Serco hackers hit Washington DC police with ransomware

The Russian hacking group is threatening to release information regarding informants if the ransom demand isn't paid

The Washington DC police department said on Monday that it has called in the FBI to investigate a breach of its IT systems. 

The acknowledgement came after Russian ransomware gang Babuk claimed to have stolen sensitive data, including informant details, that it is threatening to share with criminal gangs unless the force pays a ransom, according to reports

The Babuk group posted on a dark web site that it had "downloaded a sufficient amount of information from internal networks" and shared screenshots of the 250GB of data it claims to have taken. It gave the police three days to contact them or "we will start to contact gangs in order to drain the informants". 

The DC Metropolitan Police Department said in a statement that there was no indication that any police operations were affected, and the department did not immediately say whether it had been hit by ransomware.

"We are aware of unauthorised access on our server," the department statement said. "While we determine the full impact and continue to review activity, we have engaged the FBI to fully investigate this matter."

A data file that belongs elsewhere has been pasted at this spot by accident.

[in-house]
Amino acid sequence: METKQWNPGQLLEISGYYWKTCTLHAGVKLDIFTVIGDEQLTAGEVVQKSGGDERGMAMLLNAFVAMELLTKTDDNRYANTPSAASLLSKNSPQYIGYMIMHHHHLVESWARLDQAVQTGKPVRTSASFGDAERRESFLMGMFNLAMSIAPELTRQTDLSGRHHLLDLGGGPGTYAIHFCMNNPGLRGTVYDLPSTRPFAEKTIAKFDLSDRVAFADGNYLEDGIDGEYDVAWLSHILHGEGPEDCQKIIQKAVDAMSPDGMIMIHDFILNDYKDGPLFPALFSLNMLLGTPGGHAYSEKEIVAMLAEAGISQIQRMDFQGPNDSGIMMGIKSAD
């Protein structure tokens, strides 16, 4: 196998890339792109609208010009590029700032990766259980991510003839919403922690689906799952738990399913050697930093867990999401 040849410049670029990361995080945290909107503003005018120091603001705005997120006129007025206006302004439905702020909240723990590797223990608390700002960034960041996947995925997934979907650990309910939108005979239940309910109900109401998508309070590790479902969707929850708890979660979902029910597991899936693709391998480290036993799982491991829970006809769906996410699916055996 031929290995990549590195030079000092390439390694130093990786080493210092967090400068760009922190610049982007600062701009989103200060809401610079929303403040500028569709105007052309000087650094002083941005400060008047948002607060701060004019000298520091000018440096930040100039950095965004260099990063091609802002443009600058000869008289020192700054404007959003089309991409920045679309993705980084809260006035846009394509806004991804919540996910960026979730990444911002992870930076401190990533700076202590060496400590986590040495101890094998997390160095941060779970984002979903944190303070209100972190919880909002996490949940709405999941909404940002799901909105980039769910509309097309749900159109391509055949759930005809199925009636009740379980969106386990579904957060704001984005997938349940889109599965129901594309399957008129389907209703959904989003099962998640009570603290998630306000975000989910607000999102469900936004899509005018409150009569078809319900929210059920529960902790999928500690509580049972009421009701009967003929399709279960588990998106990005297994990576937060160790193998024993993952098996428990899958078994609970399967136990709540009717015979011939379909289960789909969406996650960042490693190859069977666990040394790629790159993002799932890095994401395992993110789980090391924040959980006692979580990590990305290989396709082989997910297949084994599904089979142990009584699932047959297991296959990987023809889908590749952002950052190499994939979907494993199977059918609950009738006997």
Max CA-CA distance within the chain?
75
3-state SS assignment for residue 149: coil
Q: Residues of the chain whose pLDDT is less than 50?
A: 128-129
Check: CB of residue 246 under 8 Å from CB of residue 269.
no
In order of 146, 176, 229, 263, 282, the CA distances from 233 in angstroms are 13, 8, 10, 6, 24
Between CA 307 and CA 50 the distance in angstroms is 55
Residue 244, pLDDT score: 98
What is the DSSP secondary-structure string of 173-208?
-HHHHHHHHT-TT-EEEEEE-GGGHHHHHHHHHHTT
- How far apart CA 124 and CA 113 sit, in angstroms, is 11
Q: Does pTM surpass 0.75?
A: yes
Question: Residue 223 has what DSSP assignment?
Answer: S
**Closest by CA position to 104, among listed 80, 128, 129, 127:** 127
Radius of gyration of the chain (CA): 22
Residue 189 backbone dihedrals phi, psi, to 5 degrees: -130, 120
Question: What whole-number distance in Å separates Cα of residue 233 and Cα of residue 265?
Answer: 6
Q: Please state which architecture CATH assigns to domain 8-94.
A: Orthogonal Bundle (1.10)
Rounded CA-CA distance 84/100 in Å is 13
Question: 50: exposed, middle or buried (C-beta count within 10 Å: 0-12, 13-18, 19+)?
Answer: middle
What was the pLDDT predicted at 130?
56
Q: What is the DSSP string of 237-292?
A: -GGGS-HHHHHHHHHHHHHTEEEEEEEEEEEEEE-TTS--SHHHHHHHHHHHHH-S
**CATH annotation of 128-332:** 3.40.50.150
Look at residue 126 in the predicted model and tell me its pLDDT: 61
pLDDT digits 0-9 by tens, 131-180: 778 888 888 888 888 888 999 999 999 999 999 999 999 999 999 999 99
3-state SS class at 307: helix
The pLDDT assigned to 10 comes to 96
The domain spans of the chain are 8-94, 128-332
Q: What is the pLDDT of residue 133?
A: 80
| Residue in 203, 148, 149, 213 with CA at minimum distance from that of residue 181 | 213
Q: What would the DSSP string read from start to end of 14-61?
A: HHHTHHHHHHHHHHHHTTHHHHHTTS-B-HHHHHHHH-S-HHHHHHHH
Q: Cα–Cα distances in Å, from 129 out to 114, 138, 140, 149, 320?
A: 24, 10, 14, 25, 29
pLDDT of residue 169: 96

The US, in particular, has seen significant disruption due to ransomware attacks with the hack on the DC police department just one of 26 incidents just this year. Hackers also were also causing damage long before the pandemic with government agencies and towns in Florida being completely shut down.

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The Babuk group is also growing its reputation with a spate of 'successful' attacks across the globe. In February, the group targeted Serco, the firm behind the UK's NHS Test and Trace system. 

The gang is said to be a relatively 'green' and unsophisticated organisation. According to PwC, the code the group originally used contained errors that kept it from fully compromising certain targets.

"We assess that, due to a disregard for error checking, Babuk would fail to execute altogether in some environments," the firm said, according to CyberScoop.

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